ann12006 — Kunngjøring
Black Hole Scientists Receive Prestigious Science Prize
19. januar 2012
Earlier today, the Royal Swedish Academy of Sciences awarded the 2012 Crafoord Prize in Astronomy to Reinhard Genzel and Andrea Ghez for their separate work on proving the existence of the supermassive black hole at the centre of our galaxy.
German astronomer Reinhard Genzel is director of the Max Planck Institute for Extraterrestrial Physics, located in Garching on the same campus as ESO’s headquarters. His team has been involved in an unprecedented 20-year-long study of the movement of stars around the galactic centre, which is based on observations made with ESO’s New Technology Telescope at La Silla as well as ESO’s Very Large Telescope on Paranal.
The tracking of the orbits of these stars over many years has enabled astronomers to provide the strongest evidence yet of the presence of a supermassive black hole at the centre of our galaxy, as evidenced by the tight orbits of the stars due to the powerful gravitational forces near the black hole.
Recently, they discovered a cloud of gas falling at vertiginous speed towards the black hole. For the first time, the astronomers have been able to see it become increasingly distorted by pressure and tidal forces, before it is totally ripped apart.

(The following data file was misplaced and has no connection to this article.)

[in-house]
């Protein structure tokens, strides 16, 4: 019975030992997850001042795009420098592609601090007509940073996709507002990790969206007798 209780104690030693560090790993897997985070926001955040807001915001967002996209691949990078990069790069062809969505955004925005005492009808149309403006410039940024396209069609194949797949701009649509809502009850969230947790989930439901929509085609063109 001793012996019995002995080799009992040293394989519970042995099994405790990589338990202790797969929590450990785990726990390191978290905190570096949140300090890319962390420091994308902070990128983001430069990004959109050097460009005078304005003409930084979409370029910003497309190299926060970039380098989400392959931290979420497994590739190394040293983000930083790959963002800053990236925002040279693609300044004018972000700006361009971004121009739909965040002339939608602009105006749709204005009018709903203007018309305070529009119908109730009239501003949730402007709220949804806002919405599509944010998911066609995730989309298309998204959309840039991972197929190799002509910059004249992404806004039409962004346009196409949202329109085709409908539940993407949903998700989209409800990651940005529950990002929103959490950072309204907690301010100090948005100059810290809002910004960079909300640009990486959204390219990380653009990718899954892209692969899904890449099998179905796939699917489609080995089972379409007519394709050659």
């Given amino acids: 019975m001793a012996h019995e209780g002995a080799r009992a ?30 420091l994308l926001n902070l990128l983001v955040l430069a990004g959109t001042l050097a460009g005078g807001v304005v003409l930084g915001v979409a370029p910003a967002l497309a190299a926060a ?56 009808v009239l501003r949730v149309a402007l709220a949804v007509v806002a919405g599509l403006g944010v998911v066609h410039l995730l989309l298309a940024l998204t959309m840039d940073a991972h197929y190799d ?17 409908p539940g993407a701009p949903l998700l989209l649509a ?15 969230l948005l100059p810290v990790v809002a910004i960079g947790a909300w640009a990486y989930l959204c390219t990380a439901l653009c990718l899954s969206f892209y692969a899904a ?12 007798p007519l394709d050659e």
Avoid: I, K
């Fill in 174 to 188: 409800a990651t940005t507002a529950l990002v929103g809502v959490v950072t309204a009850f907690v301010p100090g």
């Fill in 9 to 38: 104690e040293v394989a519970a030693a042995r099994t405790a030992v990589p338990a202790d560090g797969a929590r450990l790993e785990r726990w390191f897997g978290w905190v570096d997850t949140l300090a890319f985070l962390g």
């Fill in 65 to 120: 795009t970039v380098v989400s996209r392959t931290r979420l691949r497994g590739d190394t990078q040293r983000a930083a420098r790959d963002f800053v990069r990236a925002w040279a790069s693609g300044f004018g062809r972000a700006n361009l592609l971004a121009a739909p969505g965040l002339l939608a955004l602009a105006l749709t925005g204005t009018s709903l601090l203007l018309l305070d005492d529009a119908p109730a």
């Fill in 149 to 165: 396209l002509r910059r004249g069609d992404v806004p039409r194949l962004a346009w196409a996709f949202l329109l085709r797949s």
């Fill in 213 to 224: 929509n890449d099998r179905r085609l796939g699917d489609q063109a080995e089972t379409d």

The Prize award ceremony will be held in Lund on 15 May 2012. The Prize symposia in mathematics and in astronomy will take place on 14 May 2012, and the Prize lectures on 15 May 2012.
The Crafoord Prize is an annual science prize. It is awarded by the Royal Swedish Academy of Sciences and is intended to promote international basic research in the fields of Astronomy and Mathematics, Geosciences and Biosciences. These disciplines are chosen so as to complement those for which the Nobel Prizes are awarded.
- The Crafoord Prize press release from the Royal Swedish Academy of Sciences
- ESOcast episode 39 on the cloud of gas approaching the black hole
- ESO press release on the black hole study from 2008
Max-Planck Institute for Extraterrestrial Physics
Tel: +49 89 30000 3281
ESO, Education and Public Outreach Department
Tel: +49 89 3200 6222